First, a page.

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5 Questions With Creatives: Vy Nguyen

By Dakota Parks for Downtown Crowd

When people think of art, images of white canvases covered in complimenting hues and hands-off museum exhibits come to mind. When people think of makeup, they might immediately think of Tai Frasier's makeover montage scene to an iconic pop song in the film Clueless. For Vy Nguyen, a Pensacola native, art is a hands-on venture with new canvases every day. As a makeup artist, Nguyen utilizes palettes, brushes and blenders just like a traditional painter— except the faces of her clients are her canvases. As a child Nguyen always loved to draw and dreamed of being an artist when she grew up. Midway through studying for medical school, Nguyen decided to pursue her passions full time and become a makeup artist. Her work can be found showcased on her Instagram @ngvyenxo.


Where did your knowledge and passion for makeup and beauty originate? Did you receive instruction or are you largely self-taught?

I am fully self-taught when it comes to makeup. I started dabbling with makeup in high school. The first makeup tutorial I ever watched was how to do winged liner by Michelle Phan. At this point I honestly watched it because it was interesting. That was when the beauty world started to change. I found more interest in makeup in my early twenties and became obsessed with it. I would buy a new product every other week. I mostly learned by seeing different makeup looks on people through Instagram and would try to replicate the look myself. I was asked to do bridal makeup for the first time ever in 2012. It blew my mind that someone thought I was good enough to do makeup for such a special day. I think that was when my passion and love for makeup started.


Who are some makeup artists that influenced you or helped guide you as you established yourself?

Some artists that have influenced me are Mi chelle Phan (of course, she started the You Tube makeup tutorials!); Desi Perkins; Lex from MadeYewLook; Mykie from Glam&Gore; and Patrick Ta. Makeup is a very competitive industry.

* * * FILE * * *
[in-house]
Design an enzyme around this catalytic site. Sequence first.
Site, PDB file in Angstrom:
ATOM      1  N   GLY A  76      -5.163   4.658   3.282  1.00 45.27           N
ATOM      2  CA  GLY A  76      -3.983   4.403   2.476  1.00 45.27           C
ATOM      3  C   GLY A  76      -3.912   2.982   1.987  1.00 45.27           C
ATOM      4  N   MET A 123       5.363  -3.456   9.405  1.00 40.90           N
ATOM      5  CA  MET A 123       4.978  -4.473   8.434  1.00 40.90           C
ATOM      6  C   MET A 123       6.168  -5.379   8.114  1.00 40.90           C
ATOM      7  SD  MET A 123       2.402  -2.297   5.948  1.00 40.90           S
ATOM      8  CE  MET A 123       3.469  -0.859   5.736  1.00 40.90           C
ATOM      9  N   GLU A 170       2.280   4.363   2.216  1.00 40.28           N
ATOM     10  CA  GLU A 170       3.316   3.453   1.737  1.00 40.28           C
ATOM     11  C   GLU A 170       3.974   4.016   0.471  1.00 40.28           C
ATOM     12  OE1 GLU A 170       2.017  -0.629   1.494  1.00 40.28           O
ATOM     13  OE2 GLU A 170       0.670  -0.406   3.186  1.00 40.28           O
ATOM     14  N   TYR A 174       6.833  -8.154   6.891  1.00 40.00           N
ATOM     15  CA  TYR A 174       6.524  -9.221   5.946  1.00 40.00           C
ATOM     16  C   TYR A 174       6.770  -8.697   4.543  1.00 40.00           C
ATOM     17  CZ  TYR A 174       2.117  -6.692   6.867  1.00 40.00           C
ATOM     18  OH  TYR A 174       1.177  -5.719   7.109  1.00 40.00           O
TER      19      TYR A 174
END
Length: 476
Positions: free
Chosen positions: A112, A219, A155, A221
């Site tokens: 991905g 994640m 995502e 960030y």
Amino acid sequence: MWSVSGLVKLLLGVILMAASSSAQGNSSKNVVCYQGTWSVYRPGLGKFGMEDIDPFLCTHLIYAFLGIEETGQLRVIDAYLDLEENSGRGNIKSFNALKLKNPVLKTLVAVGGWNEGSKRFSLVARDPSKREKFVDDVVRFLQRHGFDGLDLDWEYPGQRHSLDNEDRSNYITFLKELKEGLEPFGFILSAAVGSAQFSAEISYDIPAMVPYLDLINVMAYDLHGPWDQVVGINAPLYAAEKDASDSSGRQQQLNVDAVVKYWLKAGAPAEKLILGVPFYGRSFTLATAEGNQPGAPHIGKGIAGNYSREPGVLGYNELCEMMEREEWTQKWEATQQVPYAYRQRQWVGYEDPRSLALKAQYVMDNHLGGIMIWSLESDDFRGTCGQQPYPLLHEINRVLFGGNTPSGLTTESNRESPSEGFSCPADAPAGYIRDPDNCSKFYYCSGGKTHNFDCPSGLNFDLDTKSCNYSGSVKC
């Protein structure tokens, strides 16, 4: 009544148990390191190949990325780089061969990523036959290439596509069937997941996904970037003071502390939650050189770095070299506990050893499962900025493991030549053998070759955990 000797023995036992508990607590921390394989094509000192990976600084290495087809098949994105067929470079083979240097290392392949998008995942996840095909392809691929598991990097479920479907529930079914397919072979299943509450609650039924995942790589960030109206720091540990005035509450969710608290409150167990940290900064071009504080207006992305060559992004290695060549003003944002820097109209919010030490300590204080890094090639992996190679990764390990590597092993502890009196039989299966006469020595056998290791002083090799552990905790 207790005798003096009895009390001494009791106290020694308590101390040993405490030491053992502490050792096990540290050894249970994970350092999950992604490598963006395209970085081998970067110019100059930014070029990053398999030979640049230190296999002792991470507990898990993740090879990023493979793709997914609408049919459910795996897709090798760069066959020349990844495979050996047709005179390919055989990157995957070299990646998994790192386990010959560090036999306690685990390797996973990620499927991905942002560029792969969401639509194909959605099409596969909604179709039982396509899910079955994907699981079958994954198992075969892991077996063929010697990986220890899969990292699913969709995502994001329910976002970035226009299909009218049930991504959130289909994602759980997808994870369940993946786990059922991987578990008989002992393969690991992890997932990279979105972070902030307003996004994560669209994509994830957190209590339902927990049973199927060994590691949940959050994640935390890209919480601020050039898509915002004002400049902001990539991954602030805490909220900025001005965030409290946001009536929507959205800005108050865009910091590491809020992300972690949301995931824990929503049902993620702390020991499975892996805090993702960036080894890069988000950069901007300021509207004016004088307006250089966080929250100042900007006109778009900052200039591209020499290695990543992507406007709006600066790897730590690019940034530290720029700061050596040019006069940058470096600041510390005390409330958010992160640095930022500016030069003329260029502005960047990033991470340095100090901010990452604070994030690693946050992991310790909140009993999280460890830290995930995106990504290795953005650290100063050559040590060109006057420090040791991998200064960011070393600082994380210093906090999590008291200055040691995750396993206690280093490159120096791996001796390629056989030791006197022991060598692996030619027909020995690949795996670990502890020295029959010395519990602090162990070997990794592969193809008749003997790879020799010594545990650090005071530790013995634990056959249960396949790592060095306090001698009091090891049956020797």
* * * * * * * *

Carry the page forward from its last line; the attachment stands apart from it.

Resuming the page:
Did you have an affinity for other artistic outlets before you found your passion in the industry?

When I was younger, my favorite thing to do was draw. I would draw every day after I came home from school. I remember telling my parents when I was in the third grade that I wanted to be an artist when I grew up. They didn’t take me seriously, of course. When I reached middle school and high school, they pushed me to take classes that would help me go into the medical field. So, I did as they asked: I stopped drawing and taking art classes. I was torn because I wanted to make my parents happy, but I knew that I would never be happy if I continued in the medical field. I finally found it in me to tell them I wanted to do makeup full-time. They were heartbroken, and I could see it in their eyes. But now, they see how happy I am and how good I am at what I do. I believe doing nails, makeup, lash extensions, and permanent makeup (tat too) is another form of artistry. I may not paint on a paper canvas, but I do paint faces and nails, and that’s basically the same thing, right?


How do you find inspiration in your day-to-day work: choosing color palettes and designs?

My everyday makeup looks for myself, and for my clients, are more natural but also glam. I love neutral/ warm tones, soft pinks and nudes. I rarely do dark heavy makeup for myself or my clients unless it’s requested to achieve a certain look. Most of my clientele come to me because of my soft tones. I like to call my look a “soft glam.”


Your work is largely focused on beauty make up, but your Instagram has some spooky, gothic style FX makeup looks. When did you start branching into FX makeup?

My interest for FX makeup didn’t really start until the last couple of years. For Halloween for the last 7 years, I would always try to search for different makeup looks to do. I always found FX makeup so interesting and challenging—I think that’s why I started doing the looks because they were a challenge. I mainly do FX looks just on myself to challenge myself and see how far I can go with it. I get my ideas from different makeup artists on social media. The looks tend to be dark and somewhat scary, but I feel like that’s mainly what FX makeup for Halloween should be: to see how scary I can get.


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